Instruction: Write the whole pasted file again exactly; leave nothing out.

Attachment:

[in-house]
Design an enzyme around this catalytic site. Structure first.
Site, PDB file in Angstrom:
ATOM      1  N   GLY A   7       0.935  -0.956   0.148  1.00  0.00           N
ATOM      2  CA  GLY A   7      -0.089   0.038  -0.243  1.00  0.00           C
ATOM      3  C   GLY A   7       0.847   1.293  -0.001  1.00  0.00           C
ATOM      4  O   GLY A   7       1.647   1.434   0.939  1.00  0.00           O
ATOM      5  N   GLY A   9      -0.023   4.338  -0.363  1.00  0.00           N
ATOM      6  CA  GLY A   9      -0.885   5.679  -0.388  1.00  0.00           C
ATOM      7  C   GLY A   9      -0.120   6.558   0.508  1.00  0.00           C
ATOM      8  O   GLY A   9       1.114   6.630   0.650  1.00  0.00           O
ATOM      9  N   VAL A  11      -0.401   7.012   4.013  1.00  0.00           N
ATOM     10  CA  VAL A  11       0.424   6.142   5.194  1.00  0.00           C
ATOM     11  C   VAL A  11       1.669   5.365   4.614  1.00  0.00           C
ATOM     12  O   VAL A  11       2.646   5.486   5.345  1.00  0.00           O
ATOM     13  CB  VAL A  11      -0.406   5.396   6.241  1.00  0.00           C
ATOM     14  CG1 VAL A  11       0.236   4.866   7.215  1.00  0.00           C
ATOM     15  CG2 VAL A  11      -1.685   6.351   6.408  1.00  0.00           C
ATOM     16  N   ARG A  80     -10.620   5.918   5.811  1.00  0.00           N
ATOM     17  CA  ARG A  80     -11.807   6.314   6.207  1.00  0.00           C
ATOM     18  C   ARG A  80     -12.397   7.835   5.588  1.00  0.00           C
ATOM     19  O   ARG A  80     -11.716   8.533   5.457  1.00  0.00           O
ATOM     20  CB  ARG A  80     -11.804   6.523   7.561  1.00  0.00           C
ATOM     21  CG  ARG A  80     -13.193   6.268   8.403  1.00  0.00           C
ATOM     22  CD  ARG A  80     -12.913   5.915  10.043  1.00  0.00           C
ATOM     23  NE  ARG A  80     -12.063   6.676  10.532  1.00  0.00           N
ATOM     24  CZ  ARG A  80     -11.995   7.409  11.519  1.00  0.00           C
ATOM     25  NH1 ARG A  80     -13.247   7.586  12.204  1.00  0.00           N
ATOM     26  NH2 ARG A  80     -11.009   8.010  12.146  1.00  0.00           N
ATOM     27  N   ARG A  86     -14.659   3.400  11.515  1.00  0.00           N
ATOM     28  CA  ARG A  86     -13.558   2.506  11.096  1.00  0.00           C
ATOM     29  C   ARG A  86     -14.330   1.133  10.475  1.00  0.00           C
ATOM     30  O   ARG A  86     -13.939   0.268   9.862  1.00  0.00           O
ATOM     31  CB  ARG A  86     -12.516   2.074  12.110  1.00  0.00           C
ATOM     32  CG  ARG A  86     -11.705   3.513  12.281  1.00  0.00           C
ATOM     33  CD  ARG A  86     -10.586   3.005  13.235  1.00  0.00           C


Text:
[in-house]
Design an enzyme around this catalytic site. Structure first.
Site, PDB file in Angstrom:
ATOM      1  N   GLY A   7       0.935  -0.956   0.148  1.00  0.00           N
ATOM      2  CA  GLY A   7      -0.089   0.038  -0.243  1.00  0.00           C
ATOM      3  C   GLY A   7       0.847   1.293  -0.001  1.00  0.00           C
ATOM      4  O   GLY A   7       1.647   1.434   0.939  1.00  0.00           O
ATOM      5  N   GLY A   9      -0.023   4.338  -0.363  1.00  0.00           N
ATOM      6  CA  GLY A   9      -0.885   5.679  -0.388  1.00  0.00           C
ATOM      7  C   GLY A   9      -0.120   6.558   0.508  1.00  0.00           C
ATOM      8  O   GLY A   9       1.114   6.630   0.650  1.00  0.00           O
ATOM      9  N   VAL A  11      -0.401   7.012   4.013  1.00  0.00           N
ATOM     10  CA  VAL A  11       0.424   6.142   5.194  1.00  0.00           C
ATOM     11  C   VAL A  11       1.669   5.365   4.614  1.00  0.00           C
ATOM     12  O   VAL A  11       2.646   5.486   5.345  1.00  0.00           O
ATOM     13  CB  VAL A  11      -0.406   5.396   6.241  1.00  0.00           C
ATOM     14  CG1 VAL A  11       0.236   4.866   7.215  1.00  0.00           C
ATOM     15  CG2 VAL A  11      -1.685   6.351   6.408  1.00  0.00           C
ATOM     16  N   ARG A  80     -10.620   5.918   5.811  1.00  0.00           N
ATOM     17  CA  ARG A  80     -11.807   6.314   6.207  1.00  0.00           C
ATOM     18  C   ARG A  80     -12.397   7.835   5.588  1.00  0.00           C
ATOM     19  O   ARG A  80     -11.716   8.533   5.457  1.00  0.00           O
ATOM     20  CB  ARG A  80     -11.804   6.523   7.561  1.00  0.00           C
ATOM     21  CG  ARG A  80     -13.193   6.268   8.403  1.00  0.00           C
ATOM     22  CD  ARG A  80     -12.913   5.915  10.043  1.00  0.00           C
ATOM     23  NE  ARG A  80     -12.063   6.676  10.532  1.00  0.00           N
ATOM     24  CZ  ARG A  80     -11.995   7.409  11.519  1.00  0.00           C
ATOM     25  NH1 ARG A  80     -13.247   7.586  12.204  1.00  0.00           N
ATOM     26  NH2 ARG A  80     -11.009   8.010  12.146  1.00  0.00           N
ATOM     27  N   ARG A  86     -14.659   3.400  11.515  1.00  0.00           N
ATOM     28  CA  ARG A  86     -13.558   2.506  11.096  1.00  0.00           C
ATOM     29  C   ARG A  86     -14.330   1.133  10.475  1.00  0.00           C
ATOM     30  O   ARG A  86     -13.939   0.268   9.862  1.00  0.00           O
ATOM     31  CB  ARG A  86     -12.516   2.074  12.110  1.00  0.00           C
ATOM     32  CG  ARG A  86     -11.705   3.513  12.281  1.00  0.00           C
ATOM     33  CD  ARG A  86     -10.586   3.005  13.235  1.00  0.00           C